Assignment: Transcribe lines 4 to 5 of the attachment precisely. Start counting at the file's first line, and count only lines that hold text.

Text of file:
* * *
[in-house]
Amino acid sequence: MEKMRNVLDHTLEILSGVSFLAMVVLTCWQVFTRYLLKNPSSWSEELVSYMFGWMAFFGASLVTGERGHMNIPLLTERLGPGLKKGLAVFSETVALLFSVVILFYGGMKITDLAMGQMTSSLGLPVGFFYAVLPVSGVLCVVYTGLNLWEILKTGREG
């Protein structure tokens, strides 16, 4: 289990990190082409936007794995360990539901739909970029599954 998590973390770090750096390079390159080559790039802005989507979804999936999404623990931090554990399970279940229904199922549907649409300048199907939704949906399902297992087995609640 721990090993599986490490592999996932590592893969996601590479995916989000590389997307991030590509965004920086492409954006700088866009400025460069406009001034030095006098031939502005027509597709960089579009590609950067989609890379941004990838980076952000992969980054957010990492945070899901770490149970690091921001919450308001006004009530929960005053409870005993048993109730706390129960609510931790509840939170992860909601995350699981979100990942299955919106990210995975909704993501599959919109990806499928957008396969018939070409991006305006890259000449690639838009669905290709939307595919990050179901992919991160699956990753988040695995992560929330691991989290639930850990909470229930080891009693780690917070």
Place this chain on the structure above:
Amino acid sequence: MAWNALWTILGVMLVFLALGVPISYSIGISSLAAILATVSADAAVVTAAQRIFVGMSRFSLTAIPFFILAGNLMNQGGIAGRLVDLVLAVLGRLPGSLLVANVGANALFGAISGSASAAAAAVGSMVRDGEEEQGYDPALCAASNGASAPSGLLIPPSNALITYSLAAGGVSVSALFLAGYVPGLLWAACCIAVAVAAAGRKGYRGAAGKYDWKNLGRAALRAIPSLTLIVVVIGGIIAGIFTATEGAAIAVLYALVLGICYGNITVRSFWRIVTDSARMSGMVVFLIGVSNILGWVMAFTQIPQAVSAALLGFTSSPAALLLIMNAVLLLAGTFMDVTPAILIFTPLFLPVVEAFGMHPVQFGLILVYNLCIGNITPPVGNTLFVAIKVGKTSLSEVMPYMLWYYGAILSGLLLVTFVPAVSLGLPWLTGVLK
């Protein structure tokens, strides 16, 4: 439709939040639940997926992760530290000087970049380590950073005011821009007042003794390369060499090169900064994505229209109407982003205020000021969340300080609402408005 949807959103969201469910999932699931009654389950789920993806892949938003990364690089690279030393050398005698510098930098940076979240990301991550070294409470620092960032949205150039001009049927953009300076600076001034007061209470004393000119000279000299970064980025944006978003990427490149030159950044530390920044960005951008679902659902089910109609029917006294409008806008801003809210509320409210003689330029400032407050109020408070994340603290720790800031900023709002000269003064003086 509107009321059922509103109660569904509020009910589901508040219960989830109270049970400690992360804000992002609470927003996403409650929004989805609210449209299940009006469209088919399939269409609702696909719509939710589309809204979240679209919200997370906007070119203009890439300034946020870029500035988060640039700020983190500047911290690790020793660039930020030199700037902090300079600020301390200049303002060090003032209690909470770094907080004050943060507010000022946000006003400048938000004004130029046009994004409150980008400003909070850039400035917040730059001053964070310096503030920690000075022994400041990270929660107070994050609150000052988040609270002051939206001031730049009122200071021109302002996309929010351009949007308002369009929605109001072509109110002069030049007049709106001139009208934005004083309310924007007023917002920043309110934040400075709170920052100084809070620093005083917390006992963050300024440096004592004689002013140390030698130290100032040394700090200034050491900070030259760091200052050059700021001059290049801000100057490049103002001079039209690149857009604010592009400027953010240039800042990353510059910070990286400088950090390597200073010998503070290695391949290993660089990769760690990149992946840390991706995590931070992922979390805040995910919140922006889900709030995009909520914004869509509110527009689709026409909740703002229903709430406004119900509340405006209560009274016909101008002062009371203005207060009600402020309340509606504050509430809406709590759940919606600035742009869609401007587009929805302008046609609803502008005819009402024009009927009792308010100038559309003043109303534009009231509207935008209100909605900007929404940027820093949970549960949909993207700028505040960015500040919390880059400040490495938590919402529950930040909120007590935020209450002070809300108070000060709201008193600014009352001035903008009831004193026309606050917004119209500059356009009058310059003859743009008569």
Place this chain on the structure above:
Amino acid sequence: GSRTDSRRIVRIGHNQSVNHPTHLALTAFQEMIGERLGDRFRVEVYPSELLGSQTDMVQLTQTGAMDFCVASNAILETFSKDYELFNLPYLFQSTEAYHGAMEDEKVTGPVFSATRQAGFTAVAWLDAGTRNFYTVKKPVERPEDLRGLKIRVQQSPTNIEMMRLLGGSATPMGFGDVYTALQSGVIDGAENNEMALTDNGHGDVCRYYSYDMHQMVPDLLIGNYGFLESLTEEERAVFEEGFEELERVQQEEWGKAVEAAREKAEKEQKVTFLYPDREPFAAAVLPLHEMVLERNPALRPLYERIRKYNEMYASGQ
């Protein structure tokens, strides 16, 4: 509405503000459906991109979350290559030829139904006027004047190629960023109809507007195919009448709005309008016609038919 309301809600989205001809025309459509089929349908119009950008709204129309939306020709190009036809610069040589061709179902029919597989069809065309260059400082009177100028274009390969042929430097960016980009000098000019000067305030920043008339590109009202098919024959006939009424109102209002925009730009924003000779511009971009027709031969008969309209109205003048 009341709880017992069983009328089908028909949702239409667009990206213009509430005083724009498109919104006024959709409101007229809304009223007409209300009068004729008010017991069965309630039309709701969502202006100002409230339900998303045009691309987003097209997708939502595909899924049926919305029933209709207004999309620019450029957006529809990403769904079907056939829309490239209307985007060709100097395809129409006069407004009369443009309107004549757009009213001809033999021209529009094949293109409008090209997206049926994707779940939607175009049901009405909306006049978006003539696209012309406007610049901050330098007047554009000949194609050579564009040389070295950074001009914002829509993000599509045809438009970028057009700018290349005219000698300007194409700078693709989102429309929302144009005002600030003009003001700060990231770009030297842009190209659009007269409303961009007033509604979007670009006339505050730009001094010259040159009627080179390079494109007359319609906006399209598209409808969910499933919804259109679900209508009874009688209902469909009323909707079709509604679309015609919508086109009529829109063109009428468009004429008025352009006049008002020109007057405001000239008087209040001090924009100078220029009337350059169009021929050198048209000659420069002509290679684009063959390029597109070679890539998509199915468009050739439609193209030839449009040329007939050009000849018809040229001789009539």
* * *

Place this chain on the structure above:
Amino acid sequence: MAWNALWTILGVMLVFLALGVPISYSIGISSLAAILATVSADAAVVTAAQRIFVGMSRFSLTAIPFFILAGNLMNQGGIAGRLVDLVLAVLGRLPGSLLVANVGANALFGAISGSASAAAAAVGSMVRDGEEEQGYDPALCAASNGASAPSGLLIPPSNALITYSLAAGGVSVSALFLAGYVPGLLWAACCIAVAVAAAGRKGYRGAAGKYDWKNLGRAALRAIPSLTLIVVVIGGIIAGIFTATEGAAIAVLYALVLGICYGNITVRSFWRIVTDSARMSGMVVFLIGVSNILGWVMAFTQIPQAVSAALLGFTSSPAALLLIMNAVLLLAGTFMDVTPAILIFTPLFLPVVEAFGMHPVQFGLILVYNLCIGNITPPVGNTLFVAIKVGKTSLSEVMPYMLWYYGAILSGLLLVTFVPAVSLGLPWLTGVLK